Tuesday, July 15, 2014

Rolling Out the Rodeo

Please welcome our latest sponsor, Fox Henderson's The Monkey Rodeo.  His work has been featured here numerous times, most recently the Norse Cthulhu that's currently for sale at his site.  There are also some Mythos makeup appliances in the pipeline that should be warmly received.

His Cthulhu idol is something I'm really looking forward to, since I've been planning on doing a Viking-themed assemblage of props for a while.   One of the pieces I'd like to include is an Elder Sign inscribed in amber.   After browsing some polymer clay craft sites I banged out a quick test piece.

I used Sculpy III Translucent clay with a touch of Super Sculpey for color.  Unfortunately, I baked the clay directly on a cookie sheet.  That caused some scorching that transformed the clay's translucent white to translucent brown.  That said, it's not bad.  The color is still within the range of Baltic amber despite the hue shift.  The baked clay polished up to a dull shine with a cotton rag, giving a serviceable facsimile of amber's warm glow.  I brought out the inscribed Elder Sign with wax-based schmutz.

For a first effort I'm pretty happy with it.  For the next go-round I'll use a ceramic tile as the baking surface in order to avoid the scorching issue.  I also need to come up with a version of the Elder Sign that's a bit more Norse-ey. 

1 comment:

CoastConFan said...

I like that look for your Baltic amber. It looks really old, which isn’t easily achieved. You may have stumbled on a useful technique by accident. That technique might be used in making sculpy faux ivory objects as well. As for a Norse-y Elder Sign, there is a lot of creative symbolism from Nordic art from the bronze age onward that can be co-opted as I am sure you know. Lots of luck in your prop making.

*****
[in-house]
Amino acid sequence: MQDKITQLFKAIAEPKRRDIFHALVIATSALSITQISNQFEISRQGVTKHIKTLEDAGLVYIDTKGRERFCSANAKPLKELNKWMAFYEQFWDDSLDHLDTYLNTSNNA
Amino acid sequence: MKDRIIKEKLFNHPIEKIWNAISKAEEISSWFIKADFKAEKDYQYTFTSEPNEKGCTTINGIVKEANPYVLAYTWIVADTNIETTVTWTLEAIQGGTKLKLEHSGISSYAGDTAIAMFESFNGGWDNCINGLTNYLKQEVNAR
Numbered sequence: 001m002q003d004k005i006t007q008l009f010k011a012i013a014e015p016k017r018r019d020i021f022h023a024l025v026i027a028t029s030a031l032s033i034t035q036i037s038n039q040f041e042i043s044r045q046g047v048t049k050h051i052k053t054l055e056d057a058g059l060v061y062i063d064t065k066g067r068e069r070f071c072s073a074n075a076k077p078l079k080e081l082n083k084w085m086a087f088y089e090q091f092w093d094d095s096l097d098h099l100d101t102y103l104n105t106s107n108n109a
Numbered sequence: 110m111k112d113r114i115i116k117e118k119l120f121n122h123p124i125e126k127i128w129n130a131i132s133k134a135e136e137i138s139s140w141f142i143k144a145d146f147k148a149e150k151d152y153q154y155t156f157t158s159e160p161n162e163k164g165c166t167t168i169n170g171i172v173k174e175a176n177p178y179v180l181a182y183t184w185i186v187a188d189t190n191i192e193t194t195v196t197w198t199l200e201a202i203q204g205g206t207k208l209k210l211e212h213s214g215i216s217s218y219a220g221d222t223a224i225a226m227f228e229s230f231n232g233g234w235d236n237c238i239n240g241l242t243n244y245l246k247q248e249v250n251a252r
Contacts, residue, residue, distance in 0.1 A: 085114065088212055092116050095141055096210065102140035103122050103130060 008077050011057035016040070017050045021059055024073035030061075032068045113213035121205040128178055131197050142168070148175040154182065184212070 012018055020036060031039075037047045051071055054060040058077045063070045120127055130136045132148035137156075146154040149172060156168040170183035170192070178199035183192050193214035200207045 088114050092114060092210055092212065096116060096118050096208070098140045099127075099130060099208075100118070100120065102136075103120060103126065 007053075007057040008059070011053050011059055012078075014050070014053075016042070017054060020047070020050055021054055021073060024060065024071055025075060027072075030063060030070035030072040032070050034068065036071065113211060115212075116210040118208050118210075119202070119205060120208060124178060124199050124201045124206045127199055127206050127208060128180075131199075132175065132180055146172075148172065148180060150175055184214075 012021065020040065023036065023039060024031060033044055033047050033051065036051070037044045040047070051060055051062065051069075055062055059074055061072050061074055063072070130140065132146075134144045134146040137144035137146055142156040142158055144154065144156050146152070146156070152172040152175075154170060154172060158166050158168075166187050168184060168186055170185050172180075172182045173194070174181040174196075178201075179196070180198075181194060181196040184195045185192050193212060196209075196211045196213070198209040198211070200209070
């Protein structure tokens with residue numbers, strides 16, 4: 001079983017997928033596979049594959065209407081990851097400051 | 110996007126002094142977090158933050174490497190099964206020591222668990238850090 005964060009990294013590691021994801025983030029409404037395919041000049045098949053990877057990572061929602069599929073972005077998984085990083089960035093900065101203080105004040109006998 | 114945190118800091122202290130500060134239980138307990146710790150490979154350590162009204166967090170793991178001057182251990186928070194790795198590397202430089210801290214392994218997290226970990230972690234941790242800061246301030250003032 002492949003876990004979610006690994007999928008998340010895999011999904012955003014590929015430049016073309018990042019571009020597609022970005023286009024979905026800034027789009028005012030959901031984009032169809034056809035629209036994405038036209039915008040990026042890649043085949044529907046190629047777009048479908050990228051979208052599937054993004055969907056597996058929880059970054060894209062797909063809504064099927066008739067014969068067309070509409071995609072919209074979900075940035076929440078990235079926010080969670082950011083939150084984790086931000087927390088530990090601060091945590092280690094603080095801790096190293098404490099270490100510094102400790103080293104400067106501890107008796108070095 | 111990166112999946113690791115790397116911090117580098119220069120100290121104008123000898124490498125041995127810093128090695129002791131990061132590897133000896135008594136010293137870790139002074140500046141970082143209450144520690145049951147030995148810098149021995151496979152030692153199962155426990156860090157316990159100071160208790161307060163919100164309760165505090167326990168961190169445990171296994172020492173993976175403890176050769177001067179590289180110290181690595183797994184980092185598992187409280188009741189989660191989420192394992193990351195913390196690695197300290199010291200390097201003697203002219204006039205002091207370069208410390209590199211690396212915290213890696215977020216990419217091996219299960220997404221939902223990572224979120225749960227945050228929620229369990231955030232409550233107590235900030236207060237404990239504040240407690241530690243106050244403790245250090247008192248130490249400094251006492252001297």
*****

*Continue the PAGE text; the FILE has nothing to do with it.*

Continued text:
Here are some Neolithic amber objects that have the same color and feeling as yours: http://www.ambergallery.lt/en/disp.php?itm=en_museums_3%2Fen_museums_3_10

A nice overview of ancient amber at the Getty Museum, also click on the introduction tab to find some nice mini articles: http://museumcatalogues.getty.edu/amber/intro/1/

An article about the colors of amber for the general readers: http://skywalker.cochise.edu/wellerr/students/amber-part/project.htm

Turkish Black amber, known as Oltu stone or Erzurum Stone in Turkey is a favorite of mine due to the subtleness of color shifts in different lights. It is actually a form of jet and not amber, however.